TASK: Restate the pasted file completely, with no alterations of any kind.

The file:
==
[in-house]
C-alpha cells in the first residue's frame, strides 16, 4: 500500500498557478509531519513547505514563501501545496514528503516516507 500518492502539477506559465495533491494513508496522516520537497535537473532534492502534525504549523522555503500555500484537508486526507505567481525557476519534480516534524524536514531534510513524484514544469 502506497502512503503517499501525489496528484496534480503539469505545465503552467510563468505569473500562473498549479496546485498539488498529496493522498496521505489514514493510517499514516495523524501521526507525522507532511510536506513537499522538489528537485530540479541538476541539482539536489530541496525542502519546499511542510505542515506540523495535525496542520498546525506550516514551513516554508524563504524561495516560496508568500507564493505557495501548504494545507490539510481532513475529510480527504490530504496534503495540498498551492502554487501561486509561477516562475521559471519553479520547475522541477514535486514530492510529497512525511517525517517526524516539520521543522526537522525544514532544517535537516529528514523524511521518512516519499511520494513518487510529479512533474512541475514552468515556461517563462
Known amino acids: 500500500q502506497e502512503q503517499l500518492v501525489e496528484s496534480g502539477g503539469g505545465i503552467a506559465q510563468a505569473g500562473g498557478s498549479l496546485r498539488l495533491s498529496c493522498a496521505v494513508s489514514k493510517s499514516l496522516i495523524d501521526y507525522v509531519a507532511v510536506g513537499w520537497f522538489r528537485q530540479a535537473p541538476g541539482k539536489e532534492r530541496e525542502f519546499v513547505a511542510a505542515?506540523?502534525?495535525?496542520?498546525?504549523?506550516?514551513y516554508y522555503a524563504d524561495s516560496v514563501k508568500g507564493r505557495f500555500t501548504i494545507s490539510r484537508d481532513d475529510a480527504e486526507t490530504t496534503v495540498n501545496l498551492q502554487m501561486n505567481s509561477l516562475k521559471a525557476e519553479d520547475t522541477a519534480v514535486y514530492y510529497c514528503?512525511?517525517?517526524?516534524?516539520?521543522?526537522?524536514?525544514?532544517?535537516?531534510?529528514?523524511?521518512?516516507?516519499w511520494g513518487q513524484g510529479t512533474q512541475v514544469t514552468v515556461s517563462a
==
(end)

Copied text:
[in-house]
C-alpha cells in the first residue's frame, strides 16, 4: 500500500498557478509531519513547505514563501501545496514528503516516507 500518492502539477506559465495533491494513508496522516520537497535537473532534492502534525504549523522555503500555500484537508486526507505567481525557476519534480516534524524536514531534510513524484514544469 502506497502512503503517499501525489496528484496534480503539469505545465503552467510563468505569473500562473498549479496546485498539488498529496493522498496521505489514514493510517499514516495523524501521526507525522507532511510536506513537499522538489528537485530540479541538476541539482539536489530541496525542502519546499511542510505542515506540523495535525496542520498546525506550516514551513516554508524563504524561495516560496508568500507564493505557495501548504494545507490539510481532513475529510480527504490530504496534503495540498498551492502554487501561486509561477516562475521559471519553479520547475522541477514535486514530492510529497512525511517525517517526524516539520521543522526537522525544514532544517535537516529528514523524511521518512516519499511520494513518487510529479512533474512541475514552468515556461517563462
Known amino acids: 500500500q502506497e502512503q503517499l500518492v501525489e496528484s496534480g502539477g503539469g505545465i503552467a506559465q510563468a505569473g500562473g498557478s498549479l496546485r498539488l495533491s498529496c493522498a496521505v494513508s489514514k493510517s499514516l496522516i495523524d501521526y507525522v509531519a507532511v510536506g513537499w520537497f522538489r528537485q530540479a535537473p541538476g541539482k539536489e532534492r530541496e525542502f519546499v513547505a511542510a505542515?506540523?502534525?495535525?496542520?498546525?504549523?506550516?514551513y516554508y522555503a524563504d524561495s516560496v514563501k508568500g507564493r505557495f500555500t501548504i494545507s490539510r484537508d481532513d475529510a480527504e486526507t490530504t496534503v495540498n501545496l498551492q502554487m501561486n505567481s509561477l516562475k521559471a525557476e519553479d520547475t522541477a519534480v514535486y514530492y510529497c514528503?512525511?517525517?517526524?516534524?516539520?521543522?526537522?524536514?525544514?532544517?535537516?531534510?529528514?523524511?521518512?516516507?516519499w511520494g513518487q513524484g510529479t512533474q512541475v514544469t514552468v515556461s517563462a